February 9, 1984 · Cavalier Daily

Women Dehumanized by Pornography

This opinion article discusses feminist advocacy in favor of banning pornography, and the common counter argument that doing so constitutes an infringement on freedom of speech. However, the writer asserts that pornography is an abuse of first amendment rights in its depictions of violence against women, female subservience, and physical objectification, and should therefore be banned.


1984-02-09 Women Dehumanized by Pornography.pdf
Wallie Mason
Cavalier Daily
Cavalier Daily
Women Dehumanized by Pornography
For many years religious organizations have been at the forefront of the campaign against pornography. The major arguments put forth by these groups revolve around the twisted belief that sex and nudity are evil and dirty.
Though many women have long felt uncomfortable about pornography, we’ve refrained form speaking out because of our fear of being associated with these reactionary church leaders or for fear of being labeled “prudes.”
But in the past few years this has all changed. As our understanding of the true nature of pornography has deepened we have learned to articulate our protests. Though our education has at times been painful, w e now recognize that the real theme at the heart of all pornography is the degradation and de-humanization of women.
Because of this, many feminists – including myself – advocate the banning of pornography. Our protests are usually countered with the argument that censorship would be an infringement of the first amendment right to freedom of speech.
But this line of reasoning is actually an abuse of this constitutional right. The First Amendment was not designed to protect material which advocates violent or criminal acts against any group, whether it be Jews, Blacks, or women. In varying degrees, all pornography in some way depicts violence against women.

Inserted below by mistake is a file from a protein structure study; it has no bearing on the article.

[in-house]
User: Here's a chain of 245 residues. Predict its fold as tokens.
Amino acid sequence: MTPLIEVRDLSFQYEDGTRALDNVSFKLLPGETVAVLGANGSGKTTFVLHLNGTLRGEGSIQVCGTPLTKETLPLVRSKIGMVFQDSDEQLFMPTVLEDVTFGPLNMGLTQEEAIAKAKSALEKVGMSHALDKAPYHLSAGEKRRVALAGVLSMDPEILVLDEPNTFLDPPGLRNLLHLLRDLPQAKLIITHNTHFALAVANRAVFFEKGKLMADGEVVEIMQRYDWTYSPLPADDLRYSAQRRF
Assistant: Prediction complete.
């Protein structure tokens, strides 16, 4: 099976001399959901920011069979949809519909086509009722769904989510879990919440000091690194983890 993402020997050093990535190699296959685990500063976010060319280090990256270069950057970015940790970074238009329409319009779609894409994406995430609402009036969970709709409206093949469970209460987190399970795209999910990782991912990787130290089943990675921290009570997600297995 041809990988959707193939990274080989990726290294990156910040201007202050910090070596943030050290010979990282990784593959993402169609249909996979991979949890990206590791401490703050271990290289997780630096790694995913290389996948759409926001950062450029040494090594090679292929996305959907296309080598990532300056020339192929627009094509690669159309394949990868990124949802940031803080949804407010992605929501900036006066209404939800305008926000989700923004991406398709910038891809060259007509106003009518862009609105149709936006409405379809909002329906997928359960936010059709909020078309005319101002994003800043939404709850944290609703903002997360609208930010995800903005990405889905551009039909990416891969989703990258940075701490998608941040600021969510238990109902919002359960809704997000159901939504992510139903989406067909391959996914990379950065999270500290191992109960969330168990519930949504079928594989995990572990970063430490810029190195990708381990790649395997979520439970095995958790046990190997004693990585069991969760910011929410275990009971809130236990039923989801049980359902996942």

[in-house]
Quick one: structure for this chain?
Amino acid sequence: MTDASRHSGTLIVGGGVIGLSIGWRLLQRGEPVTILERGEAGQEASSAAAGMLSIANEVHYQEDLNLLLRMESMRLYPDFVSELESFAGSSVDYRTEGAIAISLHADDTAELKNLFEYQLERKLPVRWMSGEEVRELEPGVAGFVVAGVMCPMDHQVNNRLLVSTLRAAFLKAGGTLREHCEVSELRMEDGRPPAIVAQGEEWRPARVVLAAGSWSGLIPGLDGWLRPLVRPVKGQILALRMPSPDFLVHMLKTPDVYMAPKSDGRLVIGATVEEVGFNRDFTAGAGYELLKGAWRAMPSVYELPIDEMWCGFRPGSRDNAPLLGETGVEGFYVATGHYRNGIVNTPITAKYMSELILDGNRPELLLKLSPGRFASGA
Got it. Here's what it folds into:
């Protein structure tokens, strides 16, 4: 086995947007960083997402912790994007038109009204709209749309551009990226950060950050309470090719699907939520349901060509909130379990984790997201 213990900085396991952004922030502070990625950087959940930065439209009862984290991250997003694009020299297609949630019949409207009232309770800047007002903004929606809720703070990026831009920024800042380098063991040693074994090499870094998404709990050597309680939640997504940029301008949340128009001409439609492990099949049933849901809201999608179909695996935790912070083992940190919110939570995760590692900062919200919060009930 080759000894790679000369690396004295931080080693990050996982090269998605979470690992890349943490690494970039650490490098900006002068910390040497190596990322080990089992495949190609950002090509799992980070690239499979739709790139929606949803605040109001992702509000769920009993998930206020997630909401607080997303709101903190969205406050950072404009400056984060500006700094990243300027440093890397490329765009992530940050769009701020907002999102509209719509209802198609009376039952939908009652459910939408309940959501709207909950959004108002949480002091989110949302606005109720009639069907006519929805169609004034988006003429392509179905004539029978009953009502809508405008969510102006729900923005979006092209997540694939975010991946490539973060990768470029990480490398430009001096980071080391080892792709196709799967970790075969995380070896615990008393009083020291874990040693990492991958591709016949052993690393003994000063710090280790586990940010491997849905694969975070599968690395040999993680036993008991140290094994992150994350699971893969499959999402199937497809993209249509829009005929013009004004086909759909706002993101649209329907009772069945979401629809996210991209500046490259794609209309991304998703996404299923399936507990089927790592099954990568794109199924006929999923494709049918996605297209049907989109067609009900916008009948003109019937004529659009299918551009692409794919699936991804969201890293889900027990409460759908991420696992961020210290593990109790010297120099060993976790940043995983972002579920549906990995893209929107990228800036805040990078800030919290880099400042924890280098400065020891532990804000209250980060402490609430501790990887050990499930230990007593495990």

The violent nature of pornography is most shockingly revealed in “Snuff” movies. These movies, which first surfaced in the U.S. in 1976, contain footage of the actual murder and dismemberment of women. Though they are an extreme example, sex and violence are seen in all pornographic material, taken to its logical conclusion.
In less graphic movies, women are often shown being spanked, bound, beaten or raped. On top this degradation, pornography promotes the lie that women actually like this treatment. Here lies the fundamental reason why pornography is so popular amongst men.
In all pornographic movies, women respond to male sexual desires as if they are commands. The filmmakers define female sexuality in terms of these male desire. The movie Deep Throat, in response to the male desire to be stimulated orally, depicts a woman whose sexual feeling is conveniently located in her throat.
In addition to offering a perverted representation of female sexuality and portraying violence as a legitimate means of expressing superiority, pornography also participates in the objectification of women.
In pornographic material, women’s genitals and breasts are often shown as disconnected objects which exist for men to touch, manipulate or mutilate for their own sexual gratification. By objectifying their bodies in this way, women are de-humanized. (Many psychologists agree that the first step for a rapist, before he commits his crime, is the de-humanization of his victim.)
Violence against women and the objectification of women are prevalent themes in our society. When we see an album cover with a picture of a woman in orgasmic ecstasy with a noose around her neck (Ohio Players) or a James Bond movie poster with a picture of the macho hero pointing a gun at a woman’s crotch, we witness evidence of this.
Our goal should be to eliminate this woman-hating from our culture all together. This is a monumental task but it must be done. For now, the banning of pornography would be a step in the right direction.
[College graduate Wallie Mason writes a biweekly column for The Cavalier Daily.]
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Date Added July 23, 2016
Date Modifed December 12, 2017
Collection Cavalier Daily: articles about gender discrimination

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